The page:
Friday, July 31, 2015

Giving and Getting

By Tony Hoaglad

I like that, he said in the hospital, where I was rubbing his feet
which were dry and smelled a bit.

Ahh, he said, ahhh, as I worried
what the nurse in the corridor might think,

pushing my thumbs into the pads and calluses,
the skin that had grown leathery and hard

                                        over a lifetime of streets and shoes—

and me trying but unable to forget
some of the things he had done

over the course of our long friendship.
Rubbing his feet was like reaching into some

thick part of my heart that couldn’t feel
and kneading away at it—

Blame caught inside the love
like a fishhook, or a bug in honey.

It is in my character,
this persistent selfishness—

one of my hands offering the gift, the other
trying to take something back.

Giving and getting
like two horses arriving at the same time

from opposite directions
at the stone gate

that will allow only one to pass.

This poem was first published in the New Yorker. 

Monday, July 27, 2015

Worst Day Ever?

By Chanie Gorkin

Today was the absolute worst day ever
And don’t try to convince me that
There’s something good in every day
Because, when you take a closer look,
This world is a pretty evil place.
Even if
Some goodness does shine through once in a while
Satisfaction and happiness don’t last.
And it’s not true that
It’s all in the mind and heart
True happiness can be attained
Only if one’s surroundings are good
It’s not true that good exists
I’m sure you can agree that
The reality
My attitude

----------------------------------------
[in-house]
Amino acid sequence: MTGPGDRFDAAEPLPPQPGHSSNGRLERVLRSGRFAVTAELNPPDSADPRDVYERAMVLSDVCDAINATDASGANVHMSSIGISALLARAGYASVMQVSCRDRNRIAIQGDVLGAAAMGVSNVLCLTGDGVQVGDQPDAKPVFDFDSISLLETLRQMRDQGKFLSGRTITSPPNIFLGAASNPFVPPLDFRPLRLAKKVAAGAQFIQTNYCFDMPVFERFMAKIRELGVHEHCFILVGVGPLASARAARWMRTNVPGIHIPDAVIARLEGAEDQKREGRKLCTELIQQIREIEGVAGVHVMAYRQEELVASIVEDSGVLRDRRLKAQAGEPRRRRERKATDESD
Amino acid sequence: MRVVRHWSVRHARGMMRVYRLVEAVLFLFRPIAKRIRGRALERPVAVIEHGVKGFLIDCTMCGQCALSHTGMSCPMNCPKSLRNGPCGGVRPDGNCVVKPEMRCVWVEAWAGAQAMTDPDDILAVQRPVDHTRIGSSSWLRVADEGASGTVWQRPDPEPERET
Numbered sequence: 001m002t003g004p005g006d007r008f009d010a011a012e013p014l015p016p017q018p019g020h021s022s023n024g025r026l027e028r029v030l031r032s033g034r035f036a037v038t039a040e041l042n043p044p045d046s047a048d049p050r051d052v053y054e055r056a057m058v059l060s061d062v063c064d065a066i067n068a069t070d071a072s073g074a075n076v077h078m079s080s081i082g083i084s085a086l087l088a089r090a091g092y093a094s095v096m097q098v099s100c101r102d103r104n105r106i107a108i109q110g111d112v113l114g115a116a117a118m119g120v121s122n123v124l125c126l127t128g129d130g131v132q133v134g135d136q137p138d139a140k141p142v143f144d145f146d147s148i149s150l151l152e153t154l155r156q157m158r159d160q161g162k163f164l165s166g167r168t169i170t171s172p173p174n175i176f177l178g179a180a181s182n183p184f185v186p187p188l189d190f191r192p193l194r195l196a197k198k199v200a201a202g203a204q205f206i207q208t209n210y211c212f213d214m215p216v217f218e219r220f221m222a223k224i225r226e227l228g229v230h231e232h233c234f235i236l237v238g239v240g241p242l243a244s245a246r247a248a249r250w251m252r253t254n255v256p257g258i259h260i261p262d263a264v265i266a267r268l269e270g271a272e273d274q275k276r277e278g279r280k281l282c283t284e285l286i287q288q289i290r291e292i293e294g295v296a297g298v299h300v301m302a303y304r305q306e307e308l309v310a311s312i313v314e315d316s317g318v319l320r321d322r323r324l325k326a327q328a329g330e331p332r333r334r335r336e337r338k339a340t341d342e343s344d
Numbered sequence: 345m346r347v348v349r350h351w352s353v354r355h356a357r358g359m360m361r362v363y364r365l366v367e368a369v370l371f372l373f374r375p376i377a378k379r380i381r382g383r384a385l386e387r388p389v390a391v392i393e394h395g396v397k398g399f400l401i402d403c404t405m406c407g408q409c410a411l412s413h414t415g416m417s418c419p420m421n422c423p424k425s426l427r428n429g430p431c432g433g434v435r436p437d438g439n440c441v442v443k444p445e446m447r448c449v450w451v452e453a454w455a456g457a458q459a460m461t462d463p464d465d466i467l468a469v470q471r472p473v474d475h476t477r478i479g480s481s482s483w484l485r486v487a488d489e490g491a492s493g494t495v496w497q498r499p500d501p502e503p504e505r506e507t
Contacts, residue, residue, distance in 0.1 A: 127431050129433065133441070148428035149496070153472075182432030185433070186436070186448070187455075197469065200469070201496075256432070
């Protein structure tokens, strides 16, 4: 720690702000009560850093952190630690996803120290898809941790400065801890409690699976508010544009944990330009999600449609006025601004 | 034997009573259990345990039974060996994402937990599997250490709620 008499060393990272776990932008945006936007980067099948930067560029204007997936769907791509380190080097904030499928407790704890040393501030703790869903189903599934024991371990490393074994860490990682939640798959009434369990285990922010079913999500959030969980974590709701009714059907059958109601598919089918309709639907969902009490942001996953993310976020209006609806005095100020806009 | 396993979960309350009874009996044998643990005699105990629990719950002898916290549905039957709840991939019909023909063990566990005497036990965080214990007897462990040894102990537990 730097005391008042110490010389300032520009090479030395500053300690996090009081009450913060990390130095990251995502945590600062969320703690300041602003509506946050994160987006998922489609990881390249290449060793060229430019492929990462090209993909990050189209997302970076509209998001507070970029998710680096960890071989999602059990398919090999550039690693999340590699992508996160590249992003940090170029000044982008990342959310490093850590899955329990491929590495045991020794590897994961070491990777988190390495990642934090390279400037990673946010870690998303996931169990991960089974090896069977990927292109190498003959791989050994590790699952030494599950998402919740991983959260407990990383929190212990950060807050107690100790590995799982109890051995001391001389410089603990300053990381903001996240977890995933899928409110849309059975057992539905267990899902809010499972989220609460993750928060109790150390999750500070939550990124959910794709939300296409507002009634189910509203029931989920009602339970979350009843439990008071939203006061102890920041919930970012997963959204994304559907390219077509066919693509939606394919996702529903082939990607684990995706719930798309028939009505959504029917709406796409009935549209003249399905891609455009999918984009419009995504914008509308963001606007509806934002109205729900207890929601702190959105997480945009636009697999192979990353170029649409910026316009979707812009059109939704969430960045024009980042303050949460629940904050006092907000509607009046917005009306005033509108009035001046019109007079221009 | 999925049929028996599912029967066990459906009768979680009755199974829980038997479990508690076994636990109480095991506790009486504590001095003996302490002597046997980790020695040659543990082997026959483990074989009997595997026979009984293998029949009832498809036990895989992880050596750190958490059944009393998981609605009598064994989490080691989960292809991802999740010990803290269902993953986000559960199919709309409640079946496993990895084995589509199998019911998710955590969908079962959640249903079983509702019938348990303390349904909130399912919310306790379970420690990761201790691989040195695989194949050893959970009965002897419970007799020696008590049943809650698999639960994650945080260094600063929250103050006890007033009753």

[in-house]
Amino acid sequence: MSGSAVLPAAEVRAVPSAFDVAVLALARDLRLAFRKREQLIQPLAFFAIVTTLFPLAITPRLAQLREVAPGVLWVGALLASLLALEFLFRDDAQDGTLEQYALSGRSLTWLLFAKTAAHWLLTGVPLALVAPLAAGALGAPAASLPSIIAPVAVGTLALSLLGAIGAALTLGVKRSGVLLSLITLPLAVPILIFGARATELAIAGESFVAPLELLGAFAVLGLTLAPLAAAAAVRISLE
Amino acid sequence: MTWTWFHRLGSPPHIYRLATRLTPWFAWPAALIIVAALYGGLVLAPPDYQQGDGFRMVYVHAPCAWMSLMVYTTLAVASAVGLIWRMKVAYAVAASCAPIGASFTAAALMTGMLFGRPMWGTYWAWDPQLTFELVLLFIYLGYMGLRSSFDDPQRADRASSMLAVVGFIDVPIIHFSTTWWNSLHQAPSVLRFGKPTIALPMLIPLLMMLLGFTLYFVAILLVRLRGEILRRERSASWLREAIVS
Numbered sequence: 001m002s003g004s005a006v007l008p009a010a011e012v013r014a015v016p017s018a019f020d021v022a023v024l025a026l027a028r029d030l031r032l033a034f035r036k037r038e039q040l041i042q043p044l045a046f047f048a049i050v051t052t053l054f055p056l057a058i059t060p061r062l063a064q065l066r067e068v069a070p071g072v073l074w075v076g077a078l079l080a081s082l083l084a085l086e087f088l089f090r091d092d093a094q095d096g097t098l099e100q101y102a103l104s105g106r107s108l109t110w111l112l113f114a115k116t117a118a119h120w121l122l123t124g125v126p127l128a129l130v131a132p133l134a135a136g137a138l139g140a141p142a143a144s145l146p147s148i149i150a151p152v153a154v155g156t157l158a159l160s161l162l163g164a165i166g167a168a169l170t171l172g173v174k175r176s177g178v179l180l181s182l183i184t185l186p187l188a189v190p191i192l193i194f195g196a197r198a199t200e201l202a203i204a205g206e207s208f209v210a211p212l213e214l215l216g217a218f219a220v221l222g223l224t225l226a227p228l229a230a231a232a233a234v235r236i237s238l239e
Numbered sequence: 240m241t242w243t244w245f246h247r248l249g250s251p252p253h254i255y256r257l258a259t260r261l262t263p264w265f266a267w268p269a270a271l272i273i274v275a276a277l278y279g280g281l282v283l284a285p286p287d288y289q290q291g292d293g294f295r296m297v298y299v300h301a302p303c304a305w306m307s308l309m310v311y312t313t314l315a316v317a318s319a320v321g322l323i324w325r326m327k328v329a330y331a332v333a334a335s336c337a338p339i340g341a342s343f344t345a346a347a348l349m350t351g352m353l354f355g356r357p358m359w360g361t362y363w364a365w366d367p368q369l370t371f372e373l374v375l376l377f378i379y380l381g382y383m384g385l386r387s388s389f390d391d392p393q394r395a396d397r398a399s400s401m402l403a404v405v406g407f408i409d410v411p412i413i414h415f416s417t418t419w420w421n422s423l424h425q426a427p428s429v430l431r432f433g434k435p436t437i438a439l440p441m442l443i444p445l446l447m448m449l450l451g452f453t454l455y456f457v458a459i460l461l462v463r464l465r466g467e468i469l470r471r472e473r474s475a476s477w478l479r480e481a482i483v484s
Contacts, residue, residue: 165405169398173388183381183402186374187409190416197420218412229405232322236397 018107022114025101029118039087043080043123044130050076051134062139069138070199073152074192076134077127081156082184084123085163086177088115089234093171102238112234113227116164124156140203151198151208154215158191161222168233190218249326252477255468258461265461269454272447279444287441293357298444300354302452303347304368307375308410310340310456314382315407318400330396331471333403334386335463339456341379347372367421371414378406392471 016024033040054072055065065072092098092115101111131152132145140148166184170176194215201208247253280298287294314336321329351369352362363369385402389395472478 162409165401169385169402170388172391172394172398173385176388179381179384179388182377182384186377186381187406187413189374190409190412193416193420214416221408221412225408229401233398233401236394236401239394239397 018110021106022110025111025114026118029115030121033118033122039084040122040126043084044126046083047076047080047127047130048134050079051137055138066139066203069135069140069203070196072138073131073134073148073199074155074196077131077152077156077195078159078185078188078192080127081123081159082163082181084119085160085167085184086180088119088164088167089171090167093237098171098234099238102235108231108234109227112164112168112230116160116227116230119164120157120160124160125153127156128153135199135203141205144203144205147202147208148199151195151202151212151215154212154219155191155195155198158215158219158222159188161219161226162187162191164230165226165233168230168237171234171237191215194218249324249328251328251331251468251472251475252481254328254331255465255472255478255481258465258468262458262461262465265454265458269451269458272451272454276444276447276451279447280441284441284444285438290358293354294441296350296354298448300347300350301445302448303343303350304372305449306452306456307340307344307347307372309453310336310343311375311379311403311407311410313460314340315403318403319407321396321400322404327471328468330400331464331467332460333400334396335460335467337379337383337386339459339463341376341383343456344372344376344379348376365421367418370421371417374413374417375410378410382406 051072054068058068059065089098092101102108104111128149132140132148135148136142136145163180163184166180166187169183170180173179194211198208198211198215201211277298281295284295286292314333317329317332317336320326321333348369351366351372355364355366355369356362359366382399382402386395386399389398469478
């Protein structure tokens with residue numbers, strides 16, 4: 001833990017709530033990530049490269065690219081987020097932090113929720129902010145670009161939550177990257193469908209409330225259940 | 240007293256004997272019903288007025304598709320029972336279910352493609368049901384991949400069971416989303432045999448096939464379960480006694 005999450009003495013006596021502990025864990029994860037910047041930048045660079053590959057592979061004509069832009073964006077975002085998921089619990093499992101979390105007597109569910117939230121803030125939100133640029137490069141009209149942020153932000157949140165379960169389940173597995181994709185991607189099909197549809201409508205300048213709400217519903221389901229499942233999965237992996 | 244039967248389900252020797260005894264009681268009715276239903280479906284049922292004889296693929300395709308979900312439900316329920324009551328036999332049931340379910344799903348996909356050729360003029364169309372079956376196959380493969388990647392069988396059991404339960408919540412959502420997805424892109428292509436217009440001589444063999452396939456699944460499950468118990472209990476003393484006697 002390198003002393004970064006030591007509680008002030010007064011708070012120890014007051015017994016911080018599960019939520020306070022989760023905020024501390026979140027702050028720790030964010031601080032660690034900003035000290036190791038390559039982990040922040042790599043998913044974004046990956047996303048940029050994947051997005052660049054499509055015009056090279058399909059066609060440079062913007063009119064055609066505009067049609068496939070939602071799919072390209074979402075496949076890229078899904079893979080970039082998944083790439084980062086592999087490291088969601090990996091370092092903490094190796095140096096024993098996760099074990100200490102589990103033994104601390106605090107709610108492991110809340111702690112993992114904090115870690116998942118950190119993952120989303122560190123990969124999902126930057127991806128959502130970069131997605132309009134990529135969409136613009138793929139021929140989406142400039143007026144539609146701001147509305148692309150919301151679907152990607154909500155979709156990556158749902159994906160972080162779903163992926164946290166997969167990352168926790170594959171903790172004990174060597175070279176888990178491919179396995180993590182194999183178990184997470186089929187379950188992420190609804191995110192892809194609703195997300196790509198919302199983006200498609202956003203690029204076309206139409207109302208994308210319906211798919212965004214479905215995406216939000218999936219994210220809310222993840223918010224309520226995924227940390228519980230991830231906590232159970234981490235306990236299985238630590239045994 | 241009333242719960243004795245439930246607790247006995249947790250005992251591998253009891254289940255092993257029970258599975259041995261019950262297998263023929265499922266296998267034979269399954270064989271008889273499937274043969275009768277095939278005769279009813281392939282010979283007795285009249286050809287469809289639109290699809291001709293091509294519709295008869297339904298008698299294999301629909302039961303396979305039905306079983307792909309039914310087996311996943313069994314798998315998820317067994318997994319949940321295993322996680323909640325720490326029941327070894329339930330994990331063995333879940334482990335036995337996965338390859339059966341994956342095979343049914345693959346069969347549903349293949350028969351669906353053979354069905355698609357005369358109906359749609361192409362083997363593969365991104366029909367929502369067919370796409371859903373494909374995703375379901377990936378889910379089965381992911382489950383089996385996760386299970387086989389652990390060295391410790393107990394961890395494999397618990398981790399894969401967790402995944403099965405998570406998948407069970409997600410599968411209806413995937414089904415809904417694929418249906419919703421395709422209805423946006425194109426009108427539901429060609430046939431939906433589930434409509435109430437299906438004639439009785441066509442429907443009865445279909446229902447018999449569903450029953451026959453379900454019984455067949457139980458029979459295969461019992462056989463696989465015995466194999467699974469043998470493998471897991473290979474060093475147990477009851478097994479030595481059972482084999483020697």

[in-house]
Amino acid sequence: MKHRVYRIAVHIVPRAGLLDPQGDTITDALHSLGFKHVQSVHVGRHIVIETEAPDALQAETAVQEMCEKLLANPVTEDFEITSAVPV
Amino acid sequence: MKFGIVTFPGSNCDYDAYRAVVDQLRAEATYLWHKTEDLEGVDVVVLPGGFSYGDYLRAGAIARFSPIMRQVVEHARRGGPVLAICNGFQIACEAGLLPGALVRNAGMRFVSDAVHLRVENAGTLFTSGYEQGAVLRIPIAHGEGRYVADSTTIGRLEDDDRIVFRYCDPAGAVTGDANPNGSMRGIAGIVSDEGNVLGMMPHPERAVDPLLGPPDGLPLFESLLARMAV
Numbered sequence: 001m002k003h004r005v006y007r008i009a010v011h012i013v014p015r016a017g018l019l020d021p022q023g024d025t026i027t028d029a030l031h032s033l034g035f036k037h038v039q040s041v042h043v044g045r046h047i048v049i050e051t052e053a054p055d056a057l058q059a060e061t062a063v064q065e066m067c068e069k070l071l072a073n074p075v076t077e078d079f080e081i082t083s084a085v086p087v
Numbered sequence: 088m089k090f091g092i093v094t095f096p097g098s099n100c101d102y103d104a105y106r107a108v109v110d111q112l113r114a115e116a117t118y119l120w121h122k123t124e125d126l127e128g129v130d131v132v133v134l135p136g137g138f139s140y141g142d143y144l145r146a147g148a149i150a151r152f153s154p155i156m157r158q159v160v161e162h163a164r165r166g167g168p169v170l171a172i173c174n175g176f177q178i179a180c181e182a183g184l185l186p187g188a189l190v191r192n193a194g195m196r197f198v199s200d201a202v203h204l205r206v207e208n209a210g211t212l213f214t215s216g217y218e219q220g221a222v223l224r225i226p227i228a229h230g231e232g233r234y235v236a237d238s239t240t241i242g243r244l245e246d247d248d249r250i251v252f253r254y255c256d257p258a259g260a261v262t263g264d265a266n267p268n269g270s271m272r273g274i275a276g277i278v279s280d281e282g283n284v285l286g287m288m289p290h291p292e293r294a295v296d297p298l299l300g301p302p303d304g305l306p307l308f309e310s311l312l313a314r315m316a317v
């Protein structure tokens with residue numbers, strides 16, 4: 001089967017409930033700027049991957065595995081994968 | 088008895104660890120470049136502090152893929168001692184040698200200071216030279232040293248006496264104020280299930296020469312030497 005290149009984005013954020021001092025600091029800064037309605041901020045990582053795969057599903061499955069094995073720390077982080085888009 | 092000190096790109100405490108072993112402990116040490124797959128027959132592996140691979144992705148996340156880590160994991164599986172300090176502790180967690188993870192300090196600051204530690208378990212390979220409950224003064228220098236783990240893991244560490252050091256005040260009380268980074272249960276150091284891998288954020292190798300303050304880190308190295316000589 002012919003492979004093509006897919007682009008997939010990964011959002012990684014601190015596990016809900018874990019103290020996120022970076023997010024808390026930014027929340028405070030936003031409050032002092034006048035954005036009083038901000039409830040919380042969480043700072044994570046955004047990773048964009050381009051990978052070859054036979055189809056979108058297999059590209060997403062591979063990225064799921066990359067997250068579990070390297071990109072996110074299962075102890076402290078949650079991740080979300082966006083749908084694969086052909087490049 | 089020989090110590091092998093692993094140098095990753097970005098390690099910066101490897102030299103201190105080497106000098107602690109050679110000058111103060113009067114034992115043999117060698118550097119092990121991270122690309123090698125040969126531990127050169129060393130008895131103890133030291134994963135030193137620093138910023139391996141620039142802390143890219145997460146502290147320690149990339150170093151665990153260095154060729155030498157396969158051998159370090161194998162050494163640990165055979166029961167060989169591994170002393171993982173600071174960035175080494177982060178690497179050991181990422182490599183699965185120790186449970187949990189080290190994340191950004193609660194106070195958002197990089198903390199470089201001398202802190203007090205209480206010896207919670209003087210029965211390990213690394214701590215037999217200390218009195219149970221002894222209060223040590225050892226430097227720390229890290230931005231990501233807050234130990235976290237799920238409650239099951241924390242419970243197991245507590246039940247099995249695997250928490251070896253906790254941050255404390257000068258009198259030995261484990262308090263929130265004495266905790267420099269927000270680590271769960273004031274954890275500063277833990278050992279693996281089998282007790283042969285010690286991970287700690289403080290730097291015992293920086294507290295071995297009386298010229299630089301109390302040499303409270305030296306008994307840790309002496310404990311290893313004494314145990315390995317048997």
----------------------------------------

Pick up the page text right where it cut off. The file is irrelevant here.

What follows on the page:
It’s all beyond my control
And you’ll never in a million years hear me say
Today was a very good day

Now read it from bottom to top, the other way,
And see what I really feel about my day.

This poem has been viewed millions of times, but often without attribution to it's author. Please don't do that. Click here to read the story behind the poem.

Thursday, July 23, 2015

Five Ways to Kill a Man

By Edwin Brock

There are many cumbersome ways to kill a man.
You can make him carry a plank of wood
to the top of a hill and nail him to it.
To do this properly you require a crowd of people
wearing sandals, a cock that crows, a cloak
to dissect, a sponge, some vinegar and one
man to hammer the nails home.

Or you can take a length of steel,
shaped and chased in a traditional way,
and attempt to pierce the metal cage he wears.
But for this you need white horses,
English trees, men with bows and arrows,
at least two flags, a prince, and a
castle to hold your banquet in.

Dispensing with nobility, you may, if the wind
allows, blow gas at him. But then you need
a mile of mud sliced through with ditches,
not to mention black boots, bomb craters,
more mud, a plague of rats, a dozen songs
and some round hats made of steel.